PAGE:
We all know the traditional holiday movie that comes out every year. It will have a conflict between the protagonist, usually a person who doesn’t like the holidays and all that goes with it, and his/her family, consisting of members who are more quirky than annoying. It will then go through the usual comedic antics before ending with the obligatory happy note, when the protagonist realizes they were all wrong and that a family Christmas is the best thing ever and people who don’t think so are obviously dysfunctional.
These movies realistically do two things:
1) give a false portrait of the holidays that reality never lives up to and
2) (and this is going to come off as harsh, but in the spirit of Christmas…) let the predominantly Christian masses feel that they are correct and anyone who thinks outside of this little box is just selfish.
Well, this movie, like Bad Santa (although not as extreme), is for those of us who are selfish, and wrong, and unfeeling. In other words, this is a Christmas movie for those who don’t buy into all the same things every year.
Four Christmases was directed by Seth Gordon, who is previously best known for the documentary The King of Kong. It stars Reese Witherspoon and Vince Vaughn as a happily unmarried couple trying to spend Christmas alone in Fiji. When their flight is cancelled on live TV, they immediately receive phone calls from all four families (as both come from divorced homes), which gives them four different places to be on Christmas. The rest of the movie, for the most part, revolves around their experiences that Christmas day, in which they find they do not know each other at all, and that their way of life, while not wrong, may need to be adjusted.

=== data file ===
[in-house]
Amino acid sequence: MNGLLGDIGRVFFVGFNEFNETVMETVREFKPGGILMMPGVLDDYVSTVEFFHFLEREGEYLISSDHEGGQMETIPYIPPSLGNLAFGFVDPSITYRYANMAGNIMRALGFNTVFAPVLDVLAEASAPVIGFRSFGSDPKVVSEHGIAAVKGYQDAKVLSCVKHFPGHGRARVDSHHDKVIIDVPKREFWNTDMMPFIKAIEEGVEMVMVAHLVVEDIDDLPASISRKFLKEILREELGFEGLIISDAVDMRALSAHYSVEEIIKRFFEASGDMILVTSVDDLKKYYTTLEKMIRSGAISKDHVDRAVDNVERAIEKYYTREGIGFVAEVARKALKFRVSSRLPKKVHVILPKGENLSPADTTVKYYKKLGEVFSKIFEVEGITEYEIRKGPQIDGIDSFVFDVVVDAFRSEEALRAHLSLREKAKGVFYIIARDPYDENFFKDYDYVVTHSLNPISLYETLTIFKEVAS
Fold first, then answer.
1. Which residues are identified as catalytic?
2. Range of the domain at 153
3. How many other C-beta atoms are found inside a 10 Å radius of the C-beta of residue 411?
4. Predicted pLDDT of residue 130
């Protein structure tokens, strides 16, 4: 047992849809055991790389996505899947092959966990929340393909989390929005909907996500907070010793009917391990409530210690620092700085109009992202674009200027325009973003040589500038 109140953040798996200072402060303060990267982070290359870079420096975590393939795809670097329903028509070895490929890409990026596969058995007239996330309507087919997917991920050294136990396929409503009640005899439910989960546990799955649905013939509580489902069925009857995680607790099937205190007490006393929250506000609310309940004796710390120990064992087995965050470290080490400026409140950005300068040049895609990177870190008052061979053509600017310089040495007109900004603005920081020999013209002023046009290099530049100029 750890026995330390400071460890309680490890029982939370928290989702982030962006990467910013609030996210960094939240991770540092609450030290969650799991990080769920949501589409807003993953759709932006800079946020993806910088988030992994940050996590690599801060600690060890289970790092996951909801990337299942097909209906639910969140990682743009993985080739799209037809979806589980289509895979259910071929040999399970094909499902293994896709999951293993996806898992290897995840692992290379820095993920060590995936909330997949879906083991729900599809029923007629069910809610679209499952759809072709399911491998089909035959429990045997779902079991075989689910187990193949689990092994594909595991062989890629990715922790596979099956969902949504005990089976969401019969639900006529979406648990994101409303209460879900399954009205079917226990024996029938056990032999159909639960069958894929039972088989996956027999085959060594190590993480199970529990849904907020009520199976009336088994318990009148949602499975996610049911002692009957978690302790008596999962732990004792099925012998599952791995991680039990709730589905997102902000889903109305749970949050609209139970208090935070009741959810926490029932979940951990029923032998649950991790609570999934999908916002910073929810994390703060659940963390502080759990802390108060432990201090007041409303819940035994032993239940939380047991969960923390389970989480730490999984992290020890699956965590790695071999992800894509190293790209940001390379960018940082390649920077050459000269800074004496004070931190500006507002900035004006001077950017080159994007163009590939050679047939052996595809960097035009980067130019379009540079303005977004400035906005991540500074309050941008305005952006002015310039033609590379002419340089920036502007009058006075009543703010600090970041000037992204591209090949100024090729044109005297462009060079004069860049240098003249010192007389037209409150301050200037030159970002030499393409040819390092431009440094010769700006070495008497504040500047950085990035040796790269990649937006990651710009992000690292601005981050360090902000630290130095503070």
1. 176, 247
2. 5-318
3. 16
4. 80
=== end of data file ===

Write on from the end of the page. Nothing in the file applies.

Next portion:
The greatest thing about Four Christmases is that it does away with all the sentimental manipulative B.S. that runs throughout most Christmas movies. Their families are crazy, and one can completely understand why they would not want to visit. It contains many funny supporting characters, played by the likes of Jon Favreau, Jon Voight, Robert Duvall, and Mary Steenburgen.
On the negative side, it kind of seemed like the end, while not horrible, was kind of…well…kind of like the studio took the film and forced a new ending on so people wouldn’t get TOO turned off by the film. That is to say, while it didn’t have the lame ending prescribed to most Christmas films, it also didn’t go completely in the other direction either. This may be a strong point to some, as it can be seen as a happy medium. However, if its audience is people who do think outside the box, it should’ve gone a bit farther in that direction. And if it wasn’t, it should just do the same song and dance we’ve seen a hundred times. With where it’s at, it will probably succeed in being okay to all, and loved by none. Hence, the very okay (yet leaning a bit more on the positive side) rating. There are definitely worse things that you could watch this Christmas.
3 ½ / 5 stars
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